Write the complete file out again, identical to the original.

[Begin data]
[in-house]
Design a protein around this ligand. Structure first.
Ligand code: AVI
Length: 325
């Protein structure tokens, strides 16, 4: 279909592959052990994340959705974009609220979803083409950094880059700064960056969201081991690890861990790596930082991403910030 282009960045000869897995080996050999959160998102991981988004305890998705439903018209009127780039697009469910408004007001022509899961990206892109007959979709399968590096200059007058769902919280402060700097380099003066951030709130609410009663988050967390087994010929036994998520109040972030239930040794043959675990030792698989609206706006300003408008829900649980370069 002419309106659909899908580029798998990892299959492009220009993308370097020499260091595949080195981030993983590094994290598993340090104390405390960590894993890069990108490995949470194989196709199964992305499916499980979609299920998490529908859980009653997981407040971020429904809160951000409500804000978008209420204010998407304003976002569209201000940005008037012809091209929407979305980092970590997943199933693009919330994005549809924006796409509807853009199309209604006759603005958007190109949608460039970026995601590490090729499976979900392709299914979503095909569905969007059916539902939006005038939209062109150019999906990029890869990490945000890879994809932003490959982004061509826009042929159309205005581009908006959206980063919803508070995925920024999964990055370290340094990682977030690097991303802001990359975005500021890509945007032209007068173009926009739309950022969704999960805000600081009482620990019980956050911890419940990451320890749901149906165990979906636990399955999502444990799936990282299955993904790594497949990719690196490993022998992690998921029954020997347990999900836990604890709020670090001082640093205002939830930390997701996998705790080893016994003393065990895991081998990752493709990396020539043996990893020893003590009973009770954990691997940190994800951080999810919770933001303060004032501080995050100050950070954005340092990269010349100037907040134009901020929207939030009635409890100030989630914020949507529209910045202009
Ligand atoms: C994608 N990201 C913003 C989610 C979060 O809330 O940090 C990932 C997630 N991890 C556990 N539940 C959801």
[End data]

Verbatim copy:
[in-house]
Design a protein around this ligand. Structure first.
Ligand code: AVI
Length: 325
């Protein structure tokens, strides 16, 4: 279909592959052990994340959705974009609220979803083409950094880059700064960056969201081991690890861990790596930082991403910030 282009960045000869897995080996050999959160998102991981988004305890998705439903018209009127780039697009469910408004007001022509899961990206892109007959979709399968590096200059007058769902919280402060700097380099003066951030709130609410009663988050967390087994010929036994998520109040972030239930040794043959675990030792698989609206706006300003408008829900649980370069 002419309106659909899908580029798998990892299959492009220009993308370097020499260091595949080195981030993983590094994290598993340090104390405390960590894993890069990108490995949470194989196709199964992305499916499980979609299920998490529908859980009653997981407040971020429904809160951000409500804000978008209420204010998407304003976002569209201000940005008037012809091209929407979305980092970590997943199933693009919330994005549809924006796409509807853009199309209604006759603005958007190109949608460039970026995601590490090729499976979900392709299914979503095909569905969007059916539902939006005038939209062109150019999906990029890869990490945000890879994809932003490959982004061509826009042929159309205005581009908006959206980063919803508070995925920024999964990055370290340094990682977030690097991303802001990359975005500021890509945007032209007068173009926009739309950022969704999960805000600081009482620990019980956050911890419940990451320890749901149906165990979906636990399955999502444990799936990282299955993904790594497949990719690196490993022998992690998921029954020997347990999900836990604890709020670090001082640093205002939830930390997701996998705790080893016994003393065990895991081998990752493709990396020539043996990893020893003590009973009770954990691997940190994800951080999810919770933001303060004032501080995050100050950070954005340092990269010349100037907040134009901020929207939030009635409890100030989630914020949507529209910045202009
Ligand atoms: C994608 N990201 C913003 C989610 C979060 O809330 O940090 C990932 C997630 N991890 C556990 N539940 C959801």